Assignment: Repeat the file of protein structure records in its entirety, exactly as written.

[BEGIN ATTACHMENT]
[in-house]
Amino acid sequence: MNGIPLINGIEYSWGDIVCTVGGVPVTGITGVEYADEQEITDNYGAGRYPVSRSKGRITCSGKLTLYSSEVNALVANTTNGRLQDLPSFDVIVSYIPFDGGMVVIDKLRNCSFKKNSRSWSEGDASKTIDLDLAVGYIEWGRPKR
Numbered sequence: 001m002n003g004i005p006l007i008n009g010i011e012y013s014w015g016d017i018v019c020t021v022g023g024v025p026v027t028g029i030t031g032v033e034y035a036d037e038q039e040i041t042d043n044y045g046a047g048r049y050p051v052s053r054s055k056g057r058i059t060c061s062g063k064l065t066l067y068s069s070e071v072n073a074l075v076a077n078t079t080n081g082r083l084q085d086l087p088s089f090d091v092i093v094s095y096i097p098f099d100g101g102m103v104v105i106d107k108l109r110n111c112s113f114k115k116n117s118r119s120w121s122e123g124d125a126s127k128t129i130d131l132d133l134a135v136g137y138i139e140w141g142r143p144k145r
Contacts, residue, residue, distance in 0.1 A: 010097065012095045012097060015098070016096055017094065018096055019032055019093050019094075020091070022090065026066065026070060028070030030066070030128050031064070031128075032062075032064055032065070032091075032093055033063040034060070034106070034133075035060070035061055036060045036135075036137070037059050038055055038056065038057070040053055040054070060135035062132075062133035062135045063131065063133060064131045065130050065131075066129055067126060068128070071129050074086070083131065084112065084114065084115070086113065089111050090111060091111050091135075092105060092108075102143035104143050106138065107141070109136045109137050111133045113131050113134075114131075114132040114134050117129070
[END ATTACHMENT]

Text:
[in-house]
Amino acid sequence: MNGIPLINGIEYSWGDIVCTVGGVPVTGITGVEYADEQEITDNYGAGRYPVSRSKGRITCSGKLTLYSSEVNALVANTTNGRLQDLPSFDVIVSYIPFDGGMVVIDKLRNCSFKKNSRSWSEGDASKTIDLDLAVGYIEWGRPKR
Numbered sequence: 001m002n003g004i005p006l007i008n009g010i011e012y013s014w015g016d017i018v019c020t021v022g023g024v025p026v027t028g029i030t031g032v033e034y035a036d037e038q039e040i041t042d043n044y045g046a047g048r049y050p051v052s053r054s055k056g057r058i059t060c061s062g063k064l065t066l067y068s069s070e071v072n073a074l075v076a077n078t079t080n081g082r083l084q085d086l087p088s089f090d091v092i093v094s095y096i097p098f099d100g101g102m103v104v105i106d107k108l109r110n111c112s113f114k115k116n117s118r119s120w121s122e123g124d125a126s127k128t129i130d131l132d133l134a135v136g137y138i139e140w141g142r143p144k145r
Contacts, residue, residue, distance in 0.1 A: 010097065012095045012097060015098070016096055017094065018096055019032055019093050019094075020091070022090065026066065026070060028070030030066070030128050031064070031128075032062075032064055032065070032091075032093055033063040034060070034106070034133075035060070035061055036060045036135075036137070037059050038055055038056065038057070040053055040054070060135035062132075062133035062135045063131065063133060064131045065130050065131075066129055067126060068128070071129050074086070083131065084112065084114065084115070086113065089111050090111060091111050091135075092105060092108075102143035104143050106138065107141070109136045109137050111133045113131050113134075114131075114132040114134050117129070